*This guest post is by Michael Blum, Eric Bazin, and Nicolas Duforet-Frebourg on their preprint Genome scans for detecting footprints of local adaptation using a Bayesian factor model, available from the arXiv here.*

Finding genomic regions subject to local adaptation is a central part of population genomics, which is based on genotyping numerous molecular markers and looking for outlier loci. Most common approaches use measures of genetic differentiation such as Fst. There are many software implementing genome scans based on statistics related to Fst (BayeScan, DetSel, FDist2 , Lositan), and they contribute to the popularity of this approach in population genomics.

However, there are different statistical and computational problems that may arise with approaches based on Fst or related measures. The first problem arises because methods related to Fst assume the so-called F-model, which corresponds to a particular covariance structure for gene frequencies among populations (Bierne et al. 2013). When spatial structure departs from the assumption of the F-model, it can generate many false positives. A second potential problem concerns the computational burden of some Bayesian approaches, which can become an obstacle with large number of SNPs. The last problem is that individuals should be grouped into populations in advance whereas working at the scale of individuals is desirable because it avoids defining populations.

Using a Bayesian factor model, we address the three aforementioned problems. Factor models capture population structure by inferring latent variables called factors. Factor models have already been proposed to ascertain population structure (Engelhardt and Stephens 2010). Here we extend the framework of factor model in order to identify outlier loci in addition to the ascertainment of population structure. Our approach is not the first one to account for deviations to the assumptions of the F-model (Bonhomme et al. 2010, Günther and Coop 2013) but it does not require to define populations by contrast to the previous approaches. Using simulations, we show that factor model can achieve a 2-fold or more reduction of false discovery rate compared to the Fst-related approaches. We also analyze the HGDP human dataset to provide an example of how factor models can be used to detect local adaptation with a large number of SNPs. The Bayesian factor model is implemented in the PCAdapt software and we would be happy to answer to comments or questions regarding the software.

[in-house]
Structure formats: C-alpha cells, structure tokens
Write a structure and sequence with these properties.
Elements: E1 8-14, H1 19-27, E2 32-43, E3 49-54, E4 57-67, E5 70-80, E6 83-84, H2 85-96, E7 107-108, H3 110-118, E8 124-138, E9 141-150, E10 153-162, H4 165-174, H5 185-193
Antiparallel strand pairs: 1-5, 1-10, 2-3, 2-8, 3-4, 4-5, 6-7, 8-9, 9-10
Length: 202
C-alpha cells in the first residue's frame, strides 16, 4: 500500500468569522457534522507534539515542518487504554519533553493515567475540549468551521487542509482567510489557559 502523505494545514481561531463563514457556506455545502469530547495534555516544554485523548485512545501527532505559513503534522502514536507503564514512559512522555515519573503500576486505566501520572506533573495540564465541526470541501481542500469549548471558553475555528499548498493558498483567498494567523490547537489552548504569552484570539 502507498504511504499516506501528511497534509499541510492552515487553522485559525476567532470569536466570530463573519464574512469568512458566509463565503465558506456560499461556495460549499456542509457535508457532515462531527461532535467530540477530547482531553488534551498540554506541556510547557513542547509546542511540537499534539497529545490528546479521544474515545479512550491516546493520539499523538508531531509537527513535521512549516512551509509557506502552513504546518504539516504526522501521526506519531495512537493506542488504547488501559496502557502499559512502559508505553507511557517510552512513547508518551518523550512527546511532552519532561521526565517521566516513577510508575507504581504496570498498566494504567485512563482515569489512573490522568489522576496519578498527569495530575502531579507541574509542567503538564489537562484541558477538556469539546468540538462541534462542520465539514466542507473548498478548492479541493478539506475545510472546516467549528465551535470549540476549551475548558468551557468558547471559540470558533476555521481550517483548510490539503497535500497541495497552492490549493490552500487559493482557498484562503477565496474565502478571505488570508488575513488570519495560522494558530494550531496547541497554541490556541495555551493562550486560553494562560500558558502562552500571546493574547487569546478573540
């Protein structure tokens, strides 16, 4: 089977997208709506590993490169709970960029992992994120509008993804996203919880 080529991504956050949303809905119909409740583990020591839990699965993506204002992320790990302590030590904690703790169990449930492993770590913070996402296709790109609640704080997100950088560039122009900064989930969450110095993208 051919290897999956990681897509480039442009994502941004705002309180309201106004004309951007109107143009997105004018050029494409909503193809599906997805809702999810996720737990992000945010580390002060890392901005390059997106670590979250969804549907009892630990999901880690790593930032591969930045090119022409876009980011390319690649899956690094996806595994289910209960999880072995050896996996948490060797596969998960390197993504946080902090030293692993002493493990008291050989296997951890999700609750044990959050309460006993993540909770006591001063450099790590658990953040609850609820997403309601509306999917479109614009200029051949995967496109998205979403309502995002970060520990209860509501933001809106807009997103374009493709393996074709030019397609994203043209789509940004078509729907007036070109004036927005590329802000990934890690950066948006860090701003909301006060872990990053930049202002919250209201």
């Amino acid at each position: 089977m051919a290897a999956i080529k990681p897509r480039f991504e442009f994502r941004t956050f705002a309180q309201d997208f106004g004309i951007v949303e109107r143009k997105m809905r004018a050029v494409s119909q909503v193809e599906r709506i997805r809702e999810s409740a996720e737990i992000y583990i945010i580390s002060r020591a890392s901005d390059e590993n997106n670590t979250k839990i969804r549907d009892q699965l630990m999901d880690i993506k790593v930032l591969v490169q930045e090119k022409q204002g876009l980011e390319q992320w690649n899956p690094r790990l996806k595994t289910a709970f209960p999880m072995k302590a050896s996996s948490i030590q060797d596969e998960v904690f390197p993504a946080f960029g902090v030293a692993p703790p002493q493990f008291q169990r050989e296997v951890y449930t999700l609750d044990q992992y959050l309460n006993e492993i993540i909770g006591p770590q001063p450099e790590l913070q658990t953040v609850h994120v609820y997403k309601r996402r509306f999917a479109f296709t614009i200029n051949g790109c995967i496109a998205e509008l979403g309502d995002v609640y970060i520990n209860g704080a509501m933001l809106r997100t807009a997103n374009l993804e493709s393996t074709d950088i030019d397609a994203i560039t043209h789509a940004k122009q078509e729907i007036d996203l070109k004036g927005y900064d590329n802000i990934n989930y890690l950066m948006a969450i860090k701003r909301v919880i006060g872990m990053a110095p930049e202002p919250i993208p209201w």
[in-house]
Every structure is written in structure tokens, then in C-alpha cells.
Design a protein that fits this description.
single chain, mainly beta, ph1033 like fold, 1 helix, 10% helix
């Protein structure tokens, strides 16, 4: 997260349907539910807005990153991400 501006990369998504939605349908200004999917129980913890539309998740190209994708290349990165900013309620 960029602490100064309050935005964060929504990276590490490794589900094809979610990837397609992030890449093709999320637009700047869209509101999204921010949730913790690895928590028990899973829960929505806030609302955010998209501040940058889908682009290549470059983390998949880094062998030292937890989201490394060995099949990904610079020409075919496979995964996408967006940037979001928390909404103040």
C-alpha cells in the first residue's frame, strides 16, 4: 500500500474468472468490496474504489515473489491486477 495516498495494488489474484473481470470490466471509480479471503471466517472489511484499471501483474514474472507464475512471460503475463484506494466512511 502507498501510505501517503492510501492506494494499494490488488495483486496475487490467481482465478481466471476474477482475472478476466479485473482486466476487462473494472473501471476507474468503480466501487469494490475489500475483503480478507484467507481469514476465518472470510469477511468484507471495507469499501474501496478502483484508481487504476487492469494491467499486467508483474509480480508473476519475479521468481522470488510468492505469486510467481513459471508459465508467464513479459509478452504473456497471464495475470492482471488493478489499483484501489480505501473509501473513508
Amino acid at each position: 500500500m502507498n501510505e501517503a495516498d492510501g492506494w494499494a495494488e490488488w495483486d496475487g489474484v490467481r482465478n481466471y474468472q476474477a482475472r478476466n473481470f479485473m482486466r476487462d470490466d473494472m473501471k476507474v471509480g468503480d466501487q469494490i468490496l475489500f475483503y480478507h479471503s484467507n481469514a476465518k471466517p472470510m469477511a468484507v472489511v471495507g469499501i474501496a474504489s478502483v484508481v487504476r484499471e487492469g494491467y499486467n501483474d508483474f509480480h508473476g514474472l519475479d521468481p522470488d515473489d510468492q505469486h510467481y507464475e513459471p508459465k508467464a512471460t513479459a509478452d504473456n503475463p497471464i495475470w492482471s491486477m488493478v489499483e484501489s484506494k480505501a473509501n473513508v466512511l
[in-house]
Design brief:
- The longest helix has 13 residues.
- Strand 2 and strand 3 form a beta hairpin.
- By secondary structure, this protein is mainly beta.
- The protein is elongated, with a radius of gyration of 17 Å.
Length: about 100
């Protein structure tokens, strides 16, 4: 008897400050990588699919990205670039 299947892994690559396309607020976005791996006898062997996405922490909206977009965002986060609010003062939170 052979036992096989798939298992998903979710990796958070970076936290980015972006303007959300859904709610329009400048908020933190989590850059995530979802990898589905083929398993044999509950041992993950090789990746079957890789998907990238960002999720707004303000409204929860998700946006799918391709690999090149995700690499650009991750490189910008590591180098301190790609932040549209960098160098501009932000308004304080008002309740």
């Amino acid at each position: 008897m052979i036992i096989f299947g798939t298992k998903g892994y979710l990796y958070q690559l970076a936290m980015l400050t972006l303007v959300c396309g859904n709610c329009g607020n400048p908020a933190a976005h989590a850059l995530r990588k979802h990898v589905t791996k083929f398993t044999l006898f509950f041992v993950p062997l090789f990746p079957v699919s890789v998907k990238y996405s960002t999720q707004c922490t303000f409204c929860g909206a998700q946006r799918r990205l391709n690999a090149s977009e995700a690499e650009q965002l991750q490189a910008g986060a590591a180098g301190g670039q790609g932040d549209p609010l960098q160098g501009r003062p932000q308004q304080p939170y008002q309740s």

To explain why the factor model generates less false discoveries, we can introduce the notions of mechanistic and phenomenological models. Mechanistic models aim to mimic the biological processes that are thought to have given rise to the data whereas phenomenological models seek only to best describe the data using a statistical model. In the spectrum between mechanistic and phenomenological model, the F-model would stand close to mechanistic models whereas factor models would be closer to the phenomenological ones. Mechanistic models are appealing because they provide quantitative measures that can be related to biologically meaningful parameters. For instance, the parameters of the F-model measures genetic drift that can be related to migration rates, divergence times or population sizes. By contrast, phenomenological models work with mathematical abstractions such as latent factors that can be difficult to interpret biologically. The downside of mechanistic models is that violation of the modeling assumption can invalidate the proposed framework and generate many false discoveries in the context of selection scan. The F-model assumes a particular covariance matrix between populations which is found with star-like population trees for instance. However, more complex models of population structure can arise for various reasons including non-instantaneous divergence or isolation-by-distance, and they will violate the mechanistic assumptions and make phenomenological models preferable.

Michael Blum, Eric Bazin, and Nicolas Duforet-Frebourg